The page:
Fractionally outside my one-mile zone, but I got curious about Saint Vincent's spring, whose last remnants you can see in a defunct drinking fountain on the Portway. Along the way I passed Gyston's cave, sometimes called St Vincent's cave, in the sheer wall of the gorge. It's now accessible by a tunnel from the observatory—I tried it about twenty years ago, I think, and still recall the vertiginous moment of looking down from the protruding balcony and realising that you could see straight through the grille floor to the drop below—but from what I can work out the tunnel is relatively recent. Before the tunnel was dug it was accessible only by access across the cliff face, which must have been even more terrifying.
This cave was first mentioned as being a chapel in the year AD 305 and excavations, in which Romano-British pottery has been found, have revealed that it has been both a holy place and a place of refuge at various times in its history.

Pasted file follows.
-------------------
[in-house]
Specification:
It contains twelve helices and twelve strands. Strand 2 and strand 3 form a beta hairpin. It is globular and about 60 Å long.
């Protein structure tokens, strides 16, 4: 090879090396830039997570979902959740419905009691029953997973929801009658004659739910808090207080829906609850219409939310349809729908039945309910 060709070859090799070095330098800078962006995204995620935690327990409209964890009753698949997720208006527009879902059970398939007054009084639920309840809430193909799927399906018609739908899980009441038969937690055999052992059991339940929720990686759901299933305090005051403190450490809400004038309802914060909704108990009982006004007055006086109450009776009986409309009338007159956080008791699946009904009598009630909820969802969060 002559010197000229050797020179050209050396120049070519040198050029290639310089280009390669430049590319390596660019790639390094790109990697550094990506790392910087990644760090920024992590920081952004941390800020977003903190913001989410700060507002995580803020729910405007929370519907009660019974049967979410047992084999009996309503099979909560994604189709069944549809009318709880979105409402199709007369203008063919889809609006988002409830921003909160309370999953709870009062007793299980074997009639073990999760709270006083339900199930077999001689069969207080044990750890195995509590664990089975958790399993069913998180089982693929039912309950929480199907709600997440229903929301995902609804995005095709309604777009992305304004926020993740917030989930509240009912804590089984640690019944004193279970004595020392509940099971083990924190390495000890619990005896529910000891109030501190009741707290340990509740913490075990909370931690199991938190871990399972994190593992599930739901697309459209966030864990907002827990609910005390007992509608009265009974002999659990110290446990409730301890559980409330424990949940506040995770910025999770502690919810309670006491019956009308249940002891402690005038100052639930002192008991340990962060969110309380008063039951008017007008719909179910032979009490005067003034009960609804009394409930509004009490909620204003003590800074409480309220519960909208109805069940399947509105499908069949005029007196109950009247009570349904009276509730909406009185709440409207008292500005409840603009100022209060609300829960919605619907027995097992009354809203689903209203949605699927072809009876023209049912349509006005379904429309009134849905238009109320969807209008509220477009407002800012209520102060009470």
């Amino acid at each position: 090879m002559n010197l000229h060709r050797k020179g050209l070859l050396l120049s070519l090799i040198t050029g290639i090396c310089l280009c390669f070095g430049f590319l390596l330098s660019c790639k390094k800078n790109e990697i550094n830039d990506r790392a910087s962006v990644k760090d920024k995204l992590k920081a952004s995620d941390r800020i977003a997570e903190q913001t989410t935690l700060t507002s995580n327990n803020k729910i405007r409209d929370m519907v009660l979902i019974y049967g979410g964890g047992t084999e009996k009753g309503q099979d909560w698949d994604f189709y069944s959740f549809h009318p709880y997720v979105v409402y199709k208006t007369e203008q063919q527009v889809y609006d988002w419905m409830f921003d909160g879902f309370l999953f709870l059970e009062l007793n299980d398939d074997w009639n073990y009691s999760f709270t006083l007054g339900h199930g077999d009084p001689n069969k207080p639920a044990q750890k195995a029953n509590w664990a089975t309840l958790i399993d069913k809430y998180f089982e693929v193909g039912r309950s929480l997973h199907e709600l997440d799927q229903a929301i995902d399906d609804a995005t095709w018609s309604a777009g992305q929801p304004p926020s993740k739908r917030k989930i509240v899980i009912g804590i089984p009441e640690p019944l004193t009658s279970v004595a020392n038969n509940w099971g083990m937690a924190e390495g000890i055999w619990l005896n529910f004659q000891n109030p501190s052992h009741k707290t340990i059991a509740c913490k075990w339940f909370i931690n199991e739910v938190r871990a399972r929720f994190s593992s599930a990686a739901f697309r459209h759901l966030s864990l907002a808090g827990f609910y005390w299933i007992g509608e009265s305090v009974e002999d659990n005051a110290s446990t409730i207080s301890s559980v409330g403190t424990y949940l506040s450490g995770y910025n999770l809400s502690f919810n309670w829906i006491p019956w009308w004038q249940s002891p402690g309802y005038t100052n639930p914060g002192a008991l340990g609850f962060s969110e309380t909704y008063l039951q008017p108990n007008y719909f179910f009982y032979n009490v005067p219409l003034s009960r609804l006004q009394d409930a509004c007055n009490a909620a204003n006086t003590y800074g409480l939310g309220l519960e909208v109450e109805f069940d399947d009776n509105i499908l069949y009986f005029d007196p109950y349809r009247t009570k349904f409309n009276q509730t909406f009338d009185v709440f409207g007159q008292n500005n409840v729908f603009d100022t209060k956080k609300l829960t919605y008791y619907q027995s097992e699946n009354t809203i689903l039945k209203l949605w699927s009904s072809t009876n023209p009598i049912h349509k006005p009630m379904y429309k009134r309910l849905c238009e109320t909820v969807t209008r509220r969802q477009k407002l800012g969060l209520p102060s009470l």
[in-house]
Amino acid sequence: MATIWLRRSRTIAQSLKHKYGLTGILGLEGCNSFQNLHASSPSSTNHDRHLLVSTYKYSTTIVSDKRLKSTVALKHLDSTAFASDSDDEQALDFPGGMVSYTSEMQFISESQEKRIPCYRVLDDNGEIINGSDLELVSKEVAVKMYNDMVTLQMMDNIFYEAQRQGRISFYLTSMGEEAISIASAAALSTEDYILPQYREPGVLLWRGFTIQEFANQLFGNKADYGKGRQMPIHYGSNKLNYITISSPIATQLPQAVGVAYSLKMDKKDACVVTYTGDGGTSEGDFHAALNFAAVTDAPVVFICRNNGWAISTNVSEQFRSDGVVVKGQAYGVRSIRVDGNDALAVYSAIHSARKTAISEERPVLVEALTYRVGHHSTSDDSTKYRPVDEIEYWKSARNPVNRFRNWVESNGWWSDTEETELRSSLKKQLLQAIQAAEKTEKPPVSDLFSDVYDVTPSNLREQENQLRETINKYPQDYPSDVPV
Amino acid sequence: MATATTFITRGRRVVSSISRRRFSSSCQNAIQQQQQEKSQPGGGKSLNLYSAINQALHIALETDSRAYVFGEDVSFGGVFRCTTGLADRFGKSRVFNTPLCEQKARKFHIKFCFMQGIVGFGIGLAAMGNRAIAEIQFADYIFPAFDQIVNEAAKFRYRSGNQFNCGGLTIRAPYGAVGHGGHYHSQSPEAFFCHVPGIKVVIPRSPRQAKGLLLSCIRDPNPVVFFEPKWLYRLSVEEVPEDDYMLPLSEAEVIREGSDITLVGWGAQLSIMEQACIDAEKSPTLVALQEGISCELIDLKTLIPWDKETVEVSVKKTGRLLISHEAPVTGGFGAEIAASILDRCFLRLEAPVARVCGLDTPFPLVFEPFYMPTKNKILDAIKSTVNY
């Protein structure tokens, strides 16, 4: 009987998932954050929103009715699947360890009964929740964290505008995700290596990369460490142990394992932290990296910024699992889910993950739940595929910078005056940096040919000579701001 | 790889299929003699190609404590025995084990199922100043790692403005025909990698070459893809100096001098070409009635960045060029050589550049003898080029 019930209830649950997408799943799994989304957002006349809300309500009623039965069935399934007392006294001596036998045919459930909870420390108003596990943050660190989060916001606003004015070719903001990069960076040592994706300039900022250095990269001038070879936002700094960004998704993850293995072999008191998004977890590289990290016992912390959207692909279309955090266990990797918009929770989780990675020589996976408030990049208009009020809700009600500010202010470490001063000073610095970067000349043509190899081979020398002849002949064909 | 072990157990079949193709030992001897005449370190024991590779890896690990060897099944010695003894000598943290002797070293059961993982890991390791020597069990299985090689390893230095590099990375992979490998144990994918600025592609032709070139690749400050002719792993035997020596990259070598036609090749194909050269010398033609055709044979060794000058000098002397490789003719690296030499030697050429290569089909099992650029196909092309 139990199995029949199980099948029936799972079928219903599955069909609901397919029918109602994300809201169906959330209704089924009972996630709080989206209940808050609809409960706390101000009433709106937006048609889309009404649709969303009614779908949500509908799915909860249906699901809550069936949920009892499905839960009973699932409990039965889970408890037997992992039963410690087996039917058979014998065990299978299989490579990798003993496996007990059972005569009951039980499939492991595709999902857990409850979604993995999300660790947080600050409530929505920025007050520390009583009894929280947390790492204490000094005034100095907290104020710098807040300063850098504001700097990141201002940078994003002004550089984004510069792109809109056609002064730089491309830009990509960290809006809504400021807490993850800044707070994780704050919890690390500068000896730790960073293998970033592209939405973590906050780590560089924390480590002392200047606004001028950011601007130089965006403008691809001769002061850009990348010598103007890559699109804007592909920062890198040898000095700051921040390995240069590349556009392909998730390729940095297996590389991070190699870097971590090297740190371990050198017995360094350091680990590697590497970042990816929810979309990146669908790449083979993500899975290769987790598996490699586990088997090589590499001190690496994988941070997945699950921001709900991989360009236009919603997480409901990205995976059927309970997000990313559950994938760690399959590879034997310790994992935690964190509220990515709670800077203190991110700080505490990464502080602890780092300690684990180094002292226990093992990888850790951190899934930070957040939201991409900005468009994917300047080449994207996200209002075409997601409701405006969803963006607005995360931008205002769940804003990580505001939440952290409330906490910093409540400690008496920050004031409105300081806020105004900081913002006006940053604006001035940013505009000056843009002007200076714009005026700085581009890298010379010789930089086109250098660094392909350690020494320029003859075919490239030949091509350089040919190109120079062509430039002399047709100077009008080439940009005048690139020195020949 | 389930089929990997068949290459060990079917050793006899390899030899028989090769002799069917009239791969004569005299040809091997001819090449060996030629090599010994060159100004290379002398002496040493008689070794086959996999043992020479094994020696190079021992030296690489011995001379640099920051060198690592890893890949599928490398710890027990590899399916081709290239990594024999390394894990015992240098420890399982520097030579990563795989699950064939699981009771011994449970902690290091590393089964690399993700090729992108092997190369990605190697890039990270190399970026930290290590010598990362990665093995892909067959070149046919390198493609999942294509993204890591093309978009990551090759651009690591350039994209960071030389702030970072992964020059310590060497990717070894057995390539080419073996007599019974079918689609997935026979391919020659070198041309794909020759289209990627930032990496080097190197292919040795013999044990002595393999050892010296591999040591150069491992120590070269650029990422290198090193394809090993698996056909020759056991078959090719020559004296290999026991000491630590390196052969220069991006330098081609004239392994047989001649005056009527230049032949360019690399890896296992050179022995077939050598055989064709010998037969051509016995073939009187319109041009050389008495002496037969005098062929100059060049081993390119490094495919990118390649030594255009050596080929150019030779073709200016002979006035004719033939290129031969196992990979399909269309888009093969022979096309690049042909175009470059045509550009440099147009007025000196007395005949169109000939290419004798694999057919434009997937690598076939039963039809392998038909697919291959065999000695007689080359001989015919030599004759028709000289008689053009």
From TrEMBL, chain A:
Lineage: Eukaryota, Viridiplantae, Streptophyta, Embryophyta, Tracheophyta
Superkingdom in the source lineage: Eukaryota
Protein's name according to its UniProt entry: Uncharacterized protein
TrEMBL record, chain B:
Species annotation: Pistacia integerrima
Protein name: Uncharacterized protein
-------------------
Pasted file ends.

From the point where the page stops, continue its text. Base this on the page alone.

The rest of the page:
A few different sources say that the cave became a hermitage and chapel to St Vincent following Bristol's early trading in Iberian wines; St Vincent of Saragossa is Lisbon's patron saint, and a lot of nearby things bear the name.
I'm not sure where the crossover of Vincent and Ghyston happens, though. On the giants Goram and Vincent (or Ghyston), Wikipedia says:
The name Vincent for one of the giants rests on the fact that at Clifton, at the narrowest point of the Avon Gorge, there was formerly an ancient hermitage and chapel dedicated to St Vincent, at or near the present cave in the cliff-face which bears his name. Another (apparently modern) version of the story calls the Clifton giant Ghyston, which is in fact the name, of obscure origin, for the whole of the cliff-face of the Avon Gorge at least as early as the mid-fifteenth century, in the detailed description of the Bristol area by William Worcestre. The place-name was personified to produce the giant's name. Vincent's Cave is called Ghyston cave or The Giant’s Hole in an article in the July 1837 issue of Felix Farley’s Bristol Journal.